TV Diary

Saturday, November 10, 2007
1. "Bionic Woman"
Didn't really have any expectations about this show or much interest in watching it when the premiere hype was ramping up, but I was still surprised to hear how widely it was panned. Then I realized that the girl playing the title character is gorgeous and gave the show a shot anyway. And it is pretty much as bad as everyone says. The episode where her character pretended to be British and she got to speak in her real voice was a nice change of pace. Hopefully once this show is cancelled she'll get to stay on American TV somewhere, preferably playing a British person. Watching this I realized that regardless of what I think of Isaiah Washington as a person, he's a pretty lousy actor.

2. "Cavemen"
I'll be honest, I was one of the only people in the world who thought it could be a good idea when I heard that they were turning those Geico commercials into a series. Most of those ads were pretty funny. I think what scared me off initially was the news that they didn't keep any of the actors from the commercials more than the overwhelmingly negative buzz about the pilot. When I finally caught a couple episodes recently, though, it's really not that bad. Certainly not the worst new show of season (cough*Chuck*cough). The problem more is that we're not in an era where a silly high concept sitcom like "Alf" or "Mork And Mindy" (or even "Third Rock From The Sun") can work. But beyond some pretty immediate problems with the premise, most of the dialogue is fairly snappy and well written, it's not like it's some completely witless failure.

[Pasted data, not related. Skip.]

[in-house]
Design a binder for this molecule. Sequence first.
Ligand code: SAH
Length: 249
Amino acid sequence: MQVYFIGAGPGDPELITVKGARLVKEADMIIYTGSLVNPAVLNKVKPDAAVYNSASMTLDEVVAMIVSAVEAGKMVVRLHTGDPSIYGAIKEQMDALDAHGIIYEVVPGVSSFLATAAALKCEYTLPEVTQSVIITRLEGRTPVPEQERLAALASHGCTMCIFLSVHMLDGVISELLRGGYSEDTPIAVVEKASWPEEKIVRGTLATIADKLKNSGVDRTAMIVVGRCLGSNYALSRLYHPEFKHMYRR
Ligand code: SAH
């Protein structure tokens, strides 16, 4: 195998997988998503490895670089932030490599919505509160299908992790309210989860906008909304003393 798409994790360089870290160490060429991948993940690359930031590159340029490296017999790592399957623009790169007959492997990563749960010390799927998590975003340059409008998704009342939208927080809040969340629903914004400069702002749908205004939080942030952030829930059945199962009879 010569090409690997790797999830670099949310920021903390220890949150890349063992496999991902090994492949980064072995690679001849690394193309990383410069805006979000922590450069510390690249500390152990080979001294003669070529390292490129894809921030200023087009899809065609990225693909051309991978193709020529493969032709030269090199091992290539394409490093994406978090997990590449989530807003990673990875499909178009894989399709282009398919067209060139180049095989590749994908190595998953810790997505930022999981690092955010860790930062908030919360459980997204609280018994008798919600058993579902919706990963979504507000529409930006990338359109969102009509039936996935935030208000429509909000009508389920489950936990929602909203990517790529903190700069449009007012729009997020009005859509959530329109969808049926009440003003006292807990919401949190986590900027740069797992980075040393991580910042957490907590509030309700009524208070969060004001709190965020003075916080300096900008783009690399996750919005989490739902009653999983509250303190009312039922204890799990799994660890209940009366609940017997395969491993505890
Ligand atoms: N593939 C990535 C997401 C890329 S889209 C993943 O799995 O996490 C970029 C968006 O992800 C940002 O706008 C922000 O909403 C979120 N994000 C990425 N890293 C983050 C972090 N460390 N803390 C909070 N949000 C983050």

3. "Carpoolers"